Monday, January 19, 2009

Papua New Guinea - truly the land of the unexpected

Two things happened to me in Port Moresby at the weekend that really had me shaking my head and agreeing with that old tourism catch cry that Papua New Guinea is truly the “land of the unexpected”.

Last Saturday, I really wanted to eat some fish and vegetables, so my two elder sons Malum Jr (8) and Gedi (6) accompanied me to Rainbow Market at Gerehu.

After buying the fish and veggies, the boys wanted to have some guavas, so we went to one of the women selling guavas and the boys got five guavas for 40 toea each, which works out to 2 Kina.

They collected the guavas and we walked happily down the street, they munching on the succulent fruit, when suddenly, we hear a scream behind us an angry woman with her hands over her head.

She accused me, at point-blank range in front of a large group of people, that I had stolen her guavas.

I told her that I had inadvertently not paid and pulled out a 2 Kina note from my pocket.

However, she wanted me to go back to the market, and pay her the money, which I very reluctantly did.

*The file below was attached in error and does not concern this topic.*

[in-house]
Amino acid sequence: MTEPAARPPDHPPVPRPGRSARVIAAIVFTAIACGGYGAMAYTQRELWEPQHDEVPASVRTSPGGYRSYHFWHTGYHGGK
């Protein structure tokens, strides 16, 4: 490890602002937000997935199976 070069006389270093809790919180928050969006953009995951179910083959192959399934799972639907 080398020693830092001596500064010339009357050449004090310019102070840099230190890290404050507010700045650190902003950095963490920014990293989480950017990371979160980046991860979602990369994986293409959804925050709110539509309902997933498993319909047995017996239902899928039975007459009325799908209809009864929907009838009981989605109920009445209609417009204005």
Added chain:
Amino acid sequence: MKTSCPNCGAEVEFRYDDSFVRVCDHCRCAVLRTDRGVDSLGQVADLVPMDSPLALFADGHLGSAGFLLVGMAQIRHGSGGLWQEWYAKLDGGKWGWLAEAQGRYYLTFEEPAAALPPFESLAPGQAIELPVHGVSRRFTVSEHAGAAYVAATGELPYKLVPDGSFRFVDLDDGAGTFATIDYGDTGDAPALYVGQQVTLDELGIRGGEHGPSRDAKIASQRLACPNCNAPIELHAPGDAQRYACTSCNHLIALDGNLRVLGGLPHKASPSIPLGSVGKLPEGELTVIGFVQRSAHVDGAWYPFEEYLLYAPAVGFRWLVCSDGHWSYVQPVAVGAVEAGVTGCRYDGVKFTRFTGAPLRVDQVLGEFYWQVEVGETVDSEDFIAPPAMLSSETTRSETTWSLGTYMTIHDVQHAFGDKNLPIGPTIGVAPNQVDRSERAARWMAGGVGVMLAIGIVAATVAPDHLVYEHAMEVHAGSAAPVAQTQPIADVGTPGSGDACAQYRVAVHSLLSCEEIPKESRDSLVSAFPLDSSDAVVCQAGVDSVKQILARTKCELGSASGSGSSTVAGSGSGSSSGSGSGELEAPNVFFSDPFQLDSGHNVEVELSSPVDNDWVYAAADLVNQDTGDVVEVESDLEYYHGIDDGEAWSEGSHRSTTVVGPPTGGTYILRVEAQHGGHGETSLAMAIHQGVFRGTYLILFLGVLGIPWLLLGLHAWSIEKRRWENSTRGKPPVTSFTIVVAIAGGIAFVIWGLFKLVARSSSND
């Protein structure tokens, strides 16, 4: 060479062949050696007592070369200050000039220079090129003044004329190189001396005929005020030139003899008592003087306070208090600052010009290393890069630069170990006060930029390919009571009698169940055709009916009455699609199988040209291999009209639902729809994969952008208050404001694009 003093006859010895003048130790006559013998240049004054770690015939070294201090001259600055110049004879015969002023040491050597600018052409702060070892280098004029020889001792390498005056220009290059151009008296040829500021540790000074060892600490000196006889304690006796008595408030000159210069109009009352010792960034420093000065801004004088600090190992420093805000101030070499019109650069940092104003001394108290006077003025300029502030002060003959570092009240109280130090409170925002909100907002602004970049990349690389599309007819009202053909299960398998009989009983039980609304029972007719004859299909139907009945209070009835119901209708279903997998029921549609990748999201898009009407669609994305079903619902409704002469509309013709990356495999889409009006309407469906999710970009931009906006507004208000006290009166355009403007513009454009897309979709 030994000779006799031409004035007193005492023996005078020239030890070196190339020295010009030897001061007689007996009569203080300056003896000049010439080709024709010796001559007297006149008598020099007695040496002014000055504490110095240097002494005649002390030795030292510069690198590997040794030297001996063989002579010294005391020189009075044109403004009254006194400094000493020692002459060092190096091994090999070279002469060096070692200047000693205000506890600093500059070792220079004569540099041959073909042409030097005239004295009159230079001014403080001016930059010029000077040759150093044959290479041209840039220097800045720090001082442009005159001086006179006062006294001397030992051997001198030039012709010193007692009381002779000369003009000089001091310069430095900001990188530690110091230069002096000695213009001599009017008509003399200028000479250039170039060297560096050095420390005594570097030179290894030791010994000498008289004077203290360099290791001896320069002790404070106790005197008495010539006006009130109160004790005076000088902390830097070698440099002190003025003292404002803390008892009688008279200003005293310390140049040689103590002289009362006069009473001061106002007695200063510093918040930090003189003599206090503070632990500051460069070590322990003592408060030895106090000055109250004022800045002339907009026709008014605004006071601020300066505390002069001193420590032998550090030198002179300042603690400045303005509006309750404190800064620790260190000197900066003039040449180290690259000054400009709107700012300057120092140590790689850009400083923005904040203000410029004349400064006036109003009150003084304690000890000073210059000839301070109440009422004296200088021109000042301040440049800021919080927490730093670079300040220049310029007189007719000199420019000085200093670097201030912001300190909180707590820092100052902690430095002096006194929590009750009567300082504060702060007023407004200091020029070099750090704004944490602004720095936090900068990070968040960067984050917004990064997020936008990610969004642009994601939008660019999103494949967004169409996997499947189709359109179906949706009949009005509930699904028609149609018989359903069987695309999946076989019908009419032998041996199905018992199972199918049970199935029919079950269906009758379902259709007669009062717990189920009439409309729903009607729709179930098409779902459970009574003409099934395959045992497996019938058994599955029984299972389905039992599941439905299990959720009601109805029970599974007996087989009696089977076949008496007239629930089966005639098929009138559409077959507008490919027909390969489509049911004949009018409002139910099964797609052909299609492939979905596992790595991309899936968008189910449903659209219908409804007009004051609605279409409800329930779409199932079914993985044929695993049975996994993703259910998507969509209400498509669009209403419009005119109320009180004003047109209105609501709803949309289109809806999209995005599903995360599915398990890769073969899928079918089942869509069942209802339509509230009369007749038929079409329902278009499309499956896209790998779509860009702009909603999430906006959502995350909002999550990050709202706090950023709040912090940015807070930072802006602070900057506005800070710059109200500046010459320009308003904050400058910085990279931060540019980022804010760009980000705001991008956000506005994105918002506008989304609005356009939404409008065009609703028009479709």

And after paying up, she calls out for the entire world to hear, that I am a “stilman (thief)”.

No one took her seriously, and I told her that if she had been a bit more diplomatic, I would have bought off her whole table of guavas.

The next day, I went to my office at The National newspaper, and worked for the whole day.

After 7.30pm, as the driver was dropping us off in pouring rain, we almost had an accident at Tokarara.

A vehicle suddenly drove straight at us, on the wrong lane, and had it not been for the quick instincts of our driver Joe, who veered to the edge of the road, we would have had a head-on collision.

That errant vehicle, meanwhile, drove head-on into another vehicle behind us.

Our driver wanted to stop and see what happened, however, I advised him not to do so and drive off.

Who knows what would have happened to us on that dark, rainy night?

Papua New Guinea is truly the “land of the unexpected”.


  1. Anonymous12:46 PM


    Wouldn't that unfaithful accident make a good picture story the next day on The National newspaper? I think you missed a good story. And again, you would have saved a life in that accident. How dare leaving some one die in pain behind you in that accident? But I understand why you decided to leave. In PNG, they would pick up on your poor driver, and possibly you. You made a good choice, though!

    Hehehehe....I am thinking how you made that decision to ignore the story and a good picture, possibly for front page. What if it was the Prime Minister behind you who was head-knocked by that car you avoided. I am sure you would regret for the rest of your career for missing a good story! Sometimes journalists can value their life, and I do not blame you. After all we are human being.

    Mathew Yakai

  2. he, he, he Mathew.

    Your life is more important, especially when you're the sole bread winner for four young children.